Construction company confirm ‘demolition complete’ at St James Centre

A section of St James Centre car park collapsed during demolition
A section of St James Centre car park collapsed during demolition
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It has been confirmed that the demolition phase of Edinburgh’s controversial St James redevelopment is complete.

Work on an £850m project in the area is now under way with completion due by 2020.

The St James centre has been consigned to history

The St James centre has been consigned to history

Often dubbed as the ugliest building in the Capital, work began on the destruction of the St James Centre in 2016.

A new project will see 850,000 sq ft of retail space, including a John Lewis store in the area.

READ MORE: More investment planned for Edinburgh after St James

As well as a number of shops, the development will offer a multi-screen cinema, a 214-room hotel and 150 private apartments.

Artist's impression of the St James Quarter.

Artist's impression of the St James Quarter.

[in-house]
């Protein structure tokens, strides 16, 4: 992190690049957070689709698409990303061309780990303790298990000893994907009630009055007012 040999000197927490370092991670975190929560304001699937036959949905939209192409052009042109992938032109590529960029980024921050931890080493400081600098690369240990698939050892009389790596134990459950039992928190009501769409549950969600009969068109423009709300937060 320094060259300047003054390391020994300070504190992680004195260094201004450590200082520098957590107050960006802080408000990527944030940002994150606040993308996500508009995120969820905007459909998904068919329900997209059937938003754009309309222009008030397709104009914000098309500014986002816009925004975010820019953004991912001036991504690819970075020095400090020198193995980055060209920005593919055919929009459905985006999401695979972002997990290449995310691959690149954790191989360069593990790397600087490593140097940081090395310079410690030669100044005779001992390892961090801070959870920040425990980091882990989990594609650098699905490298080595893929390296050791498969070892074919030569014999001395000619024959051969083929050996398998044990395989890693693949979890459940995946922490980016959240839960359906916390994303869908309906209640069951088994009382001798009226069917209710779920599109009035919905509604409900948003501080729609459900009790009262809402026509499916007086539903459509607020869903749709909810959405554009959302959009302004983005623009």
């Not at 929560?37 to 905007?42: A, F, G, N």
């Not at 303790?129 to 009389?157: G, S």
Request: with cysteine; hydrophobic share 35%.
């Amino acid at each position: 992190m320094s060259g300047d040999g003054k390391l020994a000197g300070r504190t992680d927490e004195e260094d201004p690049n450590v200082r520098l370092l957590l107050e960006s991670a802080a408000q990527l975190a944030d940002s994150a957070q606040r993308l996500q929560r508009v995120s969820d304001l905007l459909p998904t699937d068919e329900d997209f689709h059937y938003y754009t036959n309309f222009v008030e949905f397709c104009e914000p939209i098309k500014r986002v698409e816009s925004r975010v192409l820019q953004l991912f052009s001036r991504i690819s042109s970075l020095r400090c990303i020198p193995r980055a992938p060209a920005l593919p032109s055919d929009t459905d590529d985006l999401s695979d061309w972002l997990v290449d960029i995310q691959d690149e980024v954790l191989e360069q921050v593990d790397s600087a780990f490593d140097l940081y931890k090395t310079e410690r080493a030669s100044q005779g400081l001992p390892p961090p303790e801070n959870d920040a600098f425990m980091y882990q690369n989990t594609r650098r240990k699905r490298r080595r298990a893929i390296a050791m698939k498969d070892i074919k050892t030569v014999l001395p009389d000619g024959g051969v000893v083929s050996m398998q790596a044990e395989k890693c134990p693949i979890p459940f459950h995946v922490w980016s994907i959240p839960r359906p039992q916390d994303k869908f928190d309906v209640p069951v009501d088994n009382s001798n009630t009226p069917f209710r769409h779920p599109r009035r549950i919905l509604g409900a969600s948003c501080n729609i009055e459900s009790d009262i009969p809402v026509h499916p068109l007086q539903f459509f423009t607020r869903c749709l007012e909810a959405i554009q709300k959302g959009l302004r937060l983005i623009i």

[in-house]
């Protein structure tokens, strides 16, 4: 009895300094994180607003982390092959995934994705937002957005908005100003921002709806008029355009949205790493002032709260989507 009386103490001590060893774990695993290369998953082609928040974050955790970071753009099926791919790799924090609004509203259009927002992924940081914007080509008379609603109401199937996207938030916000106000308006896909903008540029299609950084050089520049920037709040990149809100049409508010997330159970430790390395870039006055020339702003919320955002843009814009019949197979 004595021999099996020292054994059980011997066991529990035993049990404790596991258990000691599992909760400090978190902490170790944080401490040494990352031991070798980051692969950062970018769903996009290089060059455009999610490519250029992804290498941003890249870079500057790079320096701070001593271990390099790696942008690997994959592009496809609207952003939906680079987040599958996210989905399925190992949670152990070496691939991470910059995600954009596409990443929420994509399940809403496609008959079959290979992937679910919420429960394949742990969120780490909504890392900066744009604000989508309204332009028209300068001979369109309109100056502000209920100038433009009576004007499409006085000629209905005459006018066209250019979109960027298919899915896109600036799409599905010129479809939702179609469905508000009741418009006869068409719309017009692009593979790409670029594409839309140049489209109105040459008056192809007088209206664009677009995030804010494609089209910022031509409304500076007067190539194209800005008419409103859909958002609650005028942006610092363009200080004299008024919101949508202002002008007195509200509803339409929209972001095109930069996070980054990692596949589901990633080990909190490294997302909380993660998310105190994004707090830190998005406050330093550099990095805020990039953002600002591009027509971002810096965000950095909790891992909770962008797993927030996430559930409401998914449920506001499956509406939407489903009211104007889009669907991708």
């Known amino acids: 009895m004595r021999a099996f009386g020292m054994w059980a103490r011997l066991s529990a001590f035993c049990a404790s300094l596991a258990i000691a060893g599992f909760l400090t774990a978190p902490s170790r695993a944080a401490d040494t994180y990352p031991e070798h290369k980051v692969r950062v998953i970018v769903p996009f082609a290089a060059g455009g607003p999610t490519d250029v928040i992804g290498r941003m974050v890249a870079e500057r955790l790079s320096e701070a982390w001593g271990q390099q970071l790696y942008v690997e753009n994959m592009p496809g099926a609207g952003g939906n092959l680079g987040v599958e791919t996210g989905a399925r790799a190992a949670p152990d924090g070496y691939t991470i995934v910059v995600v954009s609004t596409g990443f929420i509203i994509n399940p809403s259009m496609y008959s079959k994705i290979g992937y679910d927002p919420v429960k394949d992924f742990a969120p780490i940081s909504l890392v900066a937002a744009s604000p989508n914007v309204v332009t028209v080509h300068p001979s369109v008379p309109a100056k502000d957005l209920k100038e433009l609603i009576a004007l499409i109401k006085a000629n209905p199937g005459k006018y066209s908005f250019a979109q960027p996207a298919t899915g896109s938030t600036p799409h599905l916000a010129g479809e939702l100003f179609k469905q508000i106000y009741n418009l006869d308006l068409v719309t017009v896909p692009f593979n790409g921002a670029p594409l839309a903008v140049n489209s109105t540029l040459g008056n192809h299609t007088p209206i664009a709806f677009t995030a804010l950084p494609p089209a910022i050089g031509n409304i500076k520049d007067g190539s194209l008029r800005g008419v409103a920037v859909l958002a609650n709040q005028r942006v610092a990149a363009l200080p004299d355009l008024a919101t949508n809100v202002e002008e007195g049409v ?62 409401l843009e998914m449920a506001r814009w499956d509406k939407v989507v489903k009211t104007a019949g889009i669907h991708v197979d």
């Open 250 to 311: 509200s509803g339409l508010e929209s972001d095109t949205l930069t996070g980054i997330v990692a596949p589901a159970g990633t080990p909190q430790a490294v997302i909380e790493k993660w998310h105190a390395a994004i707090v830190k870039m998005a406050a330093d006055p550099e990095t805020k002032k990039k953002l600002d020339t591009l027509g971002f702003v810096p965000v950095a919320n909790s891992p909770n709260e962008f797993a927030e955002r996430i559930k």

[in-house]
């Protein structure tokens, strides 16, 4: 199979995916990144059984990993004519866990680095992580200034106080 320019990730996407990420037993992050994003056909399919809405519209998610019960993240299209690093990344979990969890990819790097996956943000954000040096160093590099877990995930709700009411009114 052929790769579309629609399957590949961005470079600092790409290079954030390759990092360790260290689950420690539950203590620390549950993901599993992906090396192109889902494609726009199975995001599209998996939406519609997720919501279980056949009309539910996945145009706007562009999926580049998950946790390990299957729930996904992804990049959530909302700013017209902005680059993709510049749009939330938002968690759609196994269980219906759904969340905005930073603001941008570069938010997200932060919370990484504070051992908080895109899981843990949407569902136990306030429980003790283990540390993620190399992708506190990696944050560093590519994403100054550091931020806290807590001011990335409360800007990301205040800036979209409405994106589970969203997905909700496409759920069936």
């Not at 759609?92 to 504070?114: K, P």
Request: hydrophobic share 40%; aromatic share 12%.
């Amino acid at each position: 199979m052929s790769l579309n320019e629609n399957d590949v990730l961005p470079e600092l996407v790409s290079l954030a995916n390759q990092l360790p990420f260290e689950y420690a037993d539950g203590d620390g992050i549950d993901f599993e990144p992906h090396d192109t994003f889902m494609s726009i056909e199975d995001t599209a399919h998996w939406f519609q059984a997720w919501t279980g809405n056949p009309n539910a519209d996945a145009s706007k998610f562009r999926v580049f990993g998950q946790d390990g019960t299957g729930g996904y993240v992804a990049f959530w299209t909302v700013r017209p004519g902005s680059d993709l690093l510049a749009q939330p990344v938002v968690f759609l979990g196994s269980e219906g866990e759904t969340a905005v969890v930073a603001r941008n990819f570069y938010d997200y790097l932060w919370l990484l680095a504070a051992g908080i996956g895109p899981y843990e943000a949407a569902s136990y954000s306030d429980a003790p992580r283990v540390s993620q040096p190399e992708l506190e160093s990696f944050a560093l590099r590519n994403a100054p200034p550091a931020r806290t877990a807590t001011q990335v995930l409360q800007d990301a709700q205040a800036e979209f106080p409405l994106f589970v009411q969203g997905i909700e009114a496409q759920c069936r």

Tim Kelly, the project director with Laing O’Rourke, the firm behind the new centre said: “Very shortly we shall be getting to the stage where we are starting to build back up the way, reconstructing the Edinburgh St James, so pouring concrete down the base and the base foundations and bringing the structure back up the way.”

READ MORE: Pictures show demolition well under way at St James Centre

Martin Perry, director of development, said: “We effectively designed what we call a Marmite building, it is either loved or hated but definitely gets a reaction.

“Whereas the rest of the development is designed to blend and fit into the environment. That building is designed to deliberately create a bit of a stir.”

Despite initial delight by most at the destruction of the St James Centre, concern has been raised about the new replacement, dubbed by some as the Walnut Whip, due to how it will fail to blend in with the surroundings of the Capital.

Adam Wilkinson director of Edinburgh World Heritage told the BBC: “We are feeling quite positive at the moment about how the city is looking forward in terms of its heritage.

“We have a council that is committed to world heritage status, we have a new world heritage site management plan agreed with the council, Historic Scotland and ourselves and it looks at a number of issues including specifically including the quality of development in the city and how we can get beyond the idea of things being just good enough.

“The council’s planning committee has stated very clearly that just good enough is not good enough for Edinburgh and that’s a position we strongly support.”